All About Baseboard Heaters

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Electric baseboard heaters can unobtrusively add heat to a room that is chronically cold.

Except in mild climates where the need for heat is seasonal and occasional, and where a central forced-air heating unit and its associated ductwork would be excessive and unnecessary, electric baseboard heaters are generally considered too inefficient to supply the main heat for a residence. Electric baseboard heaters are best utilized to supplement the heat in a home, to compensate in areas where the central heating system is unable to adequately reach, or to selectively heat one room or area. Employed strategically, the use of baseboard heaters can actually lower energy costs.

Convection circulates best when the heater is placed on an outside wall under a window.

Heating by Convection

There are two basic types of electric baseboard heaters: electric convection and electric hydronic, and within those broad categories are numerous variants. All of the baseboard heaters are long and narrow, encased in metal painted beige or gray or cream or some other suitably neutral color, and are designed to hug the wall at the baseboard. A few models of baseboard heaters come equipped with a fan to assist in air circulation, but most—both electric and hydronic alike—rely on convection for their circulation system.

Convection is based on the principle that cold air falls and hot air rises. The heaters are designed to receive colder air at the bottom, to pass it through the heating coils and to release it out the front, where it rises to fill the room. That's why it is generally recommended that baseboard heaters be placed against an exterior wall and below a window or bank of windows. The cooler air descending from the surface of the glass panes energizes the convection effect and promotes circulation of the heated air.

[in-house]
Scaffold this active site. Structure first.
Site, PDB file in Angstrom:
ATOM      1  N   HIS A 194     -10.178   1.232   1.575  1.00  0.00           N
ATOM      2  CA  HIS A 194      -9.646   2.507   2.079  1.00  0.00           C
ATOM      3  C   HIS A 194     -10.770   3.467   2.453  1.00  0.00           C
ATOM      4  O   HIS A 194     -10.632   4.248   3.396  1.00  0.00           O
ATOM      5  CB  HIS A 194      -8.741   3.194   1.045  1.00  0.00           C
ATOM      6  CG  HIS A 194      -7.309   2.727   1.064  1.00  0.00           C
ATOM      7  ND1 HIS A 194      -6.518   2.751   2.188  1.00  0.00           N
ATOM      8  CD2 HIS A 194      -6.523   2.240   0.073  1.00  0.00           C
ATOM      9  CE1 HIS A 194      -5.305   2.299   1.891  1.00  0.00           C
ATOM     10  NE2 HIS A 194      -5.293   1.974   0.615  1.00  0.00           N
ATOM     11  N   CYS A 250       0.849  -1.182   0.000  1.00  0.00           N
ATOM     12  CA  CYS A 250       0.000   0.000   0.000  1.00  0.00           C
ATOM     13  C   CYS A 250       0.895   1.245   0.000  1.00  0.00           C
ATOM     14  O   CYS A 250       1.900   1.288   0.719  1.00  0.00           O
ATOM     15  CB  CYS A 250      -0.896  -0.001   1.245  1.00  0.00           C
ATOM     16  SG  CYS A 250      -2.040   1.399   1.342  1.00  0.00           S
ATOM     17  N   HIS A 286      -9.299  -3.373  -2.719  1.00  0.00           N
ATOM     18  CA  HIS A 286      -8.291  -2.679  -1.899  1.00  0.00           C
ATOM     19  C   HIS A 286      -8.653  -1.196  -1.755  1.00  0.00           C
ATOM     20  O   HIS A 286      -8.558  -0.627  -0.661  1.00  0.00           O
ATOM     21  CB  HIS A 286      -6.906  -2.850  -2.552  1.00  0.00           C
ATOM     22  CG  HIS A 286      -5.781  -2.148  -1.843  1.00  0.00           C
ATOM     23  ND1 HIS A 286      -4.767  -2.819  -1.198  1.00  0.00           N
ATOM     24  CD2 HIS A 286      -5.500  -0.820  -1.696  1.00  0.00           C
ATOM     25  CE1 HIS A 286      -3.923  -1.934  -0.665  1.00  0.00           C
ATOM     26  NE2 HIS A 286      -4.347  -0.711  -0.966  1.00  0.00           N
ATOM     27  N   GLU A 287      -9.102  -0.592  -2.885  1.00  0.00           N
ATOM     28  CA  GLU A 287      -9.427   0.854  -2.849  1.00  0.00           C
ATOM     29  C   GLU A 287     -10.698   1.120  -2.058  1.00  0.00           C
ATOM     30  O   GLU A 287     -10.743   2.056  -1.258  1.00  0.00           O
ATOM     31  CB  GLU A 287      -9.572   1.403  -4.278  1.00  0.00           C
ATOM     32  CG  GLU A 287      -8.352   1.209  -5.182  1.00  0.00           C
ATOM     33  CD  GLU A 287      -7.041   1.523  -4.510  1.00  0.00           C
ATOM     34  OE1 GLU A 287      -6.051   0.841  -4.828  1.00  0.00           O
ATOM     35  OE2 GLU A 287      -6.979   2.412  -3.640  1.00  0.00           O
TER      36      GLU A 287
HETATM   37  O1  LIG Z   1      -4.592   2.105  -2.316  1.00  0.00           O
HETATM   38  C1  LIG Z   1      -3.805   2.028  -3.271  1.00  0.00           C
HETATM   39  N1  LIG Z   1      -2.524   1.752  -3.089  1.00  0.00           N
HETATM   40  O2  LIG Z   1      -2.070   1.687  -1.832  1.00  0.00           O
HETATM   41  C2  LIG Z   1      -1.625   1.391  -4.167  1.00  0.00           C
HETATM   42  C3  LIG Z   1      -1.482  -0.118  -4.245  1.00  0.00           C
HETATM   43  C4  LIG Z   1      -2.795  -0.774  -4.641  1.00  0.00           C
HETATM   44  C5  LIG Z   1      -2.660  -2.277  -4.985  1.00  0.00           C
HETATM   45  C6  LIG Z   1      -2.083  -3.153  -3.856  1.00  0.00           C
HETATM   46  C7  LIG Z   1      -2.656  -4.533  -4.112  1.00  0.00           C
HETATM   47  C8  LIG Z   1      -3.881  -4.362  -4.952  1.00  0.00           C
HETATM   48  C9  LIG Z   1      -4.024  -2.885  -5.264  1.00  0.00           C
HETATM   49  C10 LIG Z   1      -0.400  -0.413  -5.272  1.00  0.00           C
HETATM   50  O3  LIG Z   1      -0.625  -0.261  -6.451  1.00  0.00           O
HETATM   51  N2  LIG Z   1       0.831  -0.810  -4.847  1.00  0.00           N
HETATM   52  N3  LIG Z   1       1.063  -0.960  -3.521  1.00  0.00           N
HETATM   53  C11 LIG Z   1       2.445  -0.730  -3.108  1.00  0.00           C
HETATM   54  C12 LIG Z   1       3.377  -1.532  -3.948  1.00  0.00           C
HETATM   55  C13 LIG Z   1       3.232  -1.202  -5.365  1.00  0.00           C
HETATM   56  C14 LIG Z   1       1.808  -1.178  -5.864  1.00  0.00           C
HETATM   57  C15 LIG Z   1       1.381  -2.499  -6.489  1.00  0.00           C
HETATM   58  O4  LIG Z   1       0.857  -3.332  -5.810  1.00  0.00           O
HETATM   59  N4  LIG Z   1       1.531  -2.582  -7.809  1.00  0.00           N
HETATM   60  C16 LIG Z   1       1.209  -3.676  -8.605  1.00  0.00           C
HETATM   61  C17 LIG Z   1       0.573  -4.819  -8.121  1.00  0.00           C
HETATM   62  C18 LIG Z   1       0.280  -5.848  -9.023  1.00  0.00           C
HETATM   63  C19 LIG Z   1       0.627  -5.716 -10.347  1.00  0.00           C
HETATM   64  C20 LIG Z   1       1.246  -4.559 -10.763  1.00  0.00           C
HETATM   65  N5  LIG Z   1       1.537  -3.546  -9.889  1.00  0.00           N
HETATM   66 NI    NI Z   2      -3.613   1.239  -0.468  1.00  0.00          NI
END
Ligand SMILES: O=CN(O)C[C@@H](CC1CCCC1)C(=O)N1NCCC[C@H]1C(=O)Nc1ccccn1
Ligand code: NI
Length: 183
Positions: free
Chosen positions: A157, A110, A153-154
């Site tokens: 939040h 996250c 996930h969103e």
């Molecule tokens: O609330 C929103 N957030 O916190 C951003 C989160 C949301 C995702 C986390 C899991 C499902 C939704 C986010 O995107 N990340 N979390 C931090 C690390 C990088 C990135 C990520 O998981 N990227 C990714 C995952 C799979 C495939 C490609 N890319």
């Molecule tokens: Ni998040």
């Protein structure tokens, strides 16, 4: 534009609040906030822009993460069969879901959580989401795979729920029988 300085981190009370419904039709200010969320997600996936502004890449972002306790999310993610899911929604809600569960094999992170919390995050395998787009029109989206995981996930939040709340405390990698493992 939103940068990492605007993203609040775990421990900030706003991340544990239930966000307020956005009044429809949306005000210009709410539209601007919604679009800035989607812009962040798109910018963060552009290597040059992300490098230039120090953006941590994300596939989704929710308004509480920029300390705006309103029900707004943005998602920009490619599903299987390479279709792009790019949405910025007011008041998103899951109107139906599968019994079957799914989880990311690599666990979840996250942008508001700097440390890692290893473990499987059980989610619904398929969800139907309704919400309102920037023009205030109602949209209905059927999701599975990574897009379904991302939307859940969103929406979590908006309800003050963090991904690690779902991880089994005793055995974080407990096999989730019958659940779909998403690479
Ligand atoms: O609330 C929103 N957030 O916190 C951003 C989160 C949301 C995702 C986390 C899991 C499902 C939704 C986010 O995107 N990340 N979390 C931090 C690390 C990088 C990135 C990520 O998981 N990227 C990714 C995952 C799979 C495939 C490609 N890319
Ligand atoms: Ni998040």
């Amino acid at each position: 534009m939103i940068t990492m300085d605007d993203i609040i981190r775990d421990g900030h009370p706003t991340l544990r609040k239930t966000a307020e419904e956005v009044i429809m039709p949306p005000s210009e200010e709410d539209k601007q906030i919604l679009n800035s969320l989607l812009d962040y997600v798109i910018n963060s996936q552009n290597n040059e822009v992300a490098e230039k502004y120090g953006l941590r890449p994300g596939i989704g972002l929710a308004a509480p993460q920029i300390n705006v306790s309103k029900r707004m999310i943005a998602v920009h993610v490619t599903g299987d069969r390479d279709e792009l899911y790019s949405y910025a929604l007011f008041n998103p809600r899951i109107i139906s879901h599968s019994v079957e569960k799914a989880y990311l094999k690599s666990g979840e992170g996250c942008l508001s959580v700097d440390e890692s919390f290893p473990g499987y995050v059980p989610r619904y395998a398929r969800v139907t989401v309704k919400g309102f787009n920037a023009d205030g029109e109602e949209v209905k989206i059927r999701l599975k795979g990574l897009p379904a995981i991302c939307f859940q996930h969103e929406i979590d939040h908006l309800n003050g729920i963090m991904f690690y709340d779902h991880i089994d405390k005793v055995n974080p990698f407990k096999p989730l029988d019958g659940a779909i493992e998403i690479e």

A typical portable electric baseboard heater—corded, and with a built-in thermostatic control.

Both electric convection heaters and electric hydronic heaters are available as portable units that are corded and plugged into a standard 120-volt, 20-amp outlet, and as hard-wired units that require either 120 or 240 volts. For optimum efficiency, the 240-volt hard-wired baseboard heaters are the best choice.

Choose a Heater that Fits the Room

Baseboard heaters are available in a range of lengths and wattages. For best results, the heater you choose should be adequate to the dimensions of the room it will heat. To determine the appropriate baseboard heater size, multiply the length times the width of your room to determine the square footage. Each square foot of your room requires approximately ten watts of heater capacity, so multiply the number of square feet by ten to determine the watt output of the heater your room will require. Most electric baseboard heaters will specify their wattage; you can also estimate the wattage of a 240-volt heater by assuming 250 watts for each foot of heater.

Controlling Your Baseboard Heater

Some baseboard heaters come equipped with a built-in thermostat and some require a separate thermostat to be added. Some can even be wired into the home's central thermostat.

If your intent is to correct uneven temperatures, connecting a baseboard heater to the central thermostat will fail to solve the problem since doing so will cause the baseboard heater to shut off along with the central heating. The integral thermostat, if your unit has one, is second best, since it can be influenced by hot or cool air currents in the immediate vicinity of the heater and not necessarily the overall temperature of the room.

The most accurate means of control is a dedicated thermostat located on an interior wall. Typically, this requires a line voltage thermostat. Unlike the familiar low-voltage central thermostats that work indirectly to control your heating system, line voltage thermostats are wired directly into the power supply for your heater and allow or interrupt the power flow as needed. They are therefore only appropriate for hard-wired baseboard heaters, which are usually 240-volt units. These thermostats are not practical for 120-volt plug-in heaters.

Choosing Between Convection and Hydronic Heaters